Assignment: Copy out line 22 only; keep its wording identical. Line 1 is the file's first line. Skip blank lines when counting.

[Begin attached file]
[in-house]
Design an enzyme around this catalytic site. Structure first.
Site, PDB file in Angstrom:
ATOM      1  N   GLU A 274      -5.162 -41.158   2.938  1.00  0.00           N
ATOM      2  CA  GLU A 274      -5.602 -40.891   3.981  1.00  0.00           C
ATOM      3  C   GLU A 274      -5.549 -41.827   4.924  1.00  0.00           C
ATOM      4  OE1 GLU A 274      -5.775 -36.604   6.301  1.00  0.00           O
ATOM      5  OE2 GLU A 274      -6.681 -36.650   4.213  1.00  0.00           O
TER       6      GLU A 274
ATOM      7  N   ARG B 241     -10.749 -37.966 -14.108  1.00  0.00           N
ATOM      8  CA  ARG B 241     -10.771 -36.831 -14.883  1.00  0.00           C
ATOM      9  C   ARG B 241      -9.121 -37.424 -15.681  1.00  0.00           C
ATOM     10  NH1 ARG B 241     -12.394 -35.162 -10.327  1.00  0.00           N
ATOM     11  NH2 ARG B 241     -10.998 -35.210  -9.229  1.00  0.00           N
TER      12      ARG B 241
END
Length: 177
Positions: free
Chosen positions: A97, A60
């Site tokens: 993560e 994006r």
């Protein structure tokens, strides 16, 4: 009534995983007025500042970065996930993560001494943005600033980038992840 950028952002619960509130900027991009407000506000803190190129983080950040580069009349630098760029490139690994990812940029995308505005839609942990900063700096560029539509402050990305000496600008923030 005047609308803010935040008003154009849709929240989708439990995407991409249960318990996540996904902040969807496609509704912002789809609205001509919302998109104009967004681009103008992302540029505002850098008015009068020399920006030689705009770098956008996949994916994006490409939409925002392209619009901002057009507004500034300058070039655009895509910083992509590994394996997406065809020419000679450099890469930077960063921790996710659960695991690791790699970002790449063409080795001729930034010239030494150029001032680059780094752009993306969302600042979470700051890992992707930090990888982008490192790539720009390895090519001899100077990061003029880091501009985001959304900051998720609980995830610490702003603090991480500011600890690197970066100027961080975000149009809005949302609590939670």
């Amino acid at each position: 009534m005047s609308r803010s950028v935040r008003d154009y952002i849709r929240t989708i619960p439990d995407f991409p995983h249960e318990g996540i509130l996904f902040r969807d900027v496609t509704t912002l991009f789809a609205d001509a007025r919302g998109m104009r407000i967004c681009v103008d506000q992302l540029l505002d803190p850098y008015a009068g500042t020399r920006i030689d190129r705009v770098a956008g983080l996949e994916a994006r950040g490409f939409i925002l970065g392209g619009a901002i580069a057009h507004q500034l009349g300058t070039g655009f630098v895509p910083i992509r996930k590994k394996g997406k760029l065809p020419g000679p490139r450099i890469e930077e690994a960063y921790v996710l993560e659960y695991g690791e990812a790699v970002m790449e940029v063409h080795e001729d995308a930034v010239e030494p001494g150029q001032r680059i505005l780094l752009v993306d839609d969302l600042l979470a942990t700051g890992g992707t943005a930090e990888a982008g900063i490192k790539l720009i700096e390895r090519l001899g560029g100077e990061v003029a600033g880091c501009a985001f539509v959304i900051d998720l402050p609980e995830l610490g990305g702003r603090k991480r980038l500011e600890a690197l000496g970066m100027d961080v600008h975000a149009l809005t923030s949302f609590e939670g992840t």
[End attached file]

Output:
């Amino acid at each position: 009534m005047s609308r803010s950028v935040r008003d154009y952002i849709r929240t989708i619960p439990d995407f991409p995983h249960e318990g996540i509130l996904f902040r969807d900027v496609t509704t912002l991009f789809a609205d001509a007025r919302g998109m104009r407000i967004c681009v103008d506000q992302l540029l505002d803190p850098y008015a009068g500042t020399r920006i030689d190129r705009v770098a956008g983080l996949e994916a994006r950040g490409f939409i925002l970065g392209g619009a901002i580069a057009h507004q500034l009349g300058t070039g655009f630098v895509p910083i992509r996930k590994k394996g997406k760029l065809p020419g000679p490139r450099i890469e930077e690994a960063y921790v996710l993560e659960y695991g690791e990812a790699v970002m790449e940029v063409h080795e001729d995308a930034v010239e030494p001494g150029q001032r680059i505005l780094l752009v993306d839609d969302l600042l979470a942990t700051g890992g992707t943005a930090e990888a982008g900063i490192k790539l720009i700096e390895r090519l001899g560029g100077e990061v003029a600033g880091c501009a985001f539509v959304i900051d998720l402050p609980e995830l610490g990305g702003r603090k991480r980038l500011e600890a690197l000496g970066m100027d961080v600008h975000a149009l809005t923030s949302f609590e939670g992840t």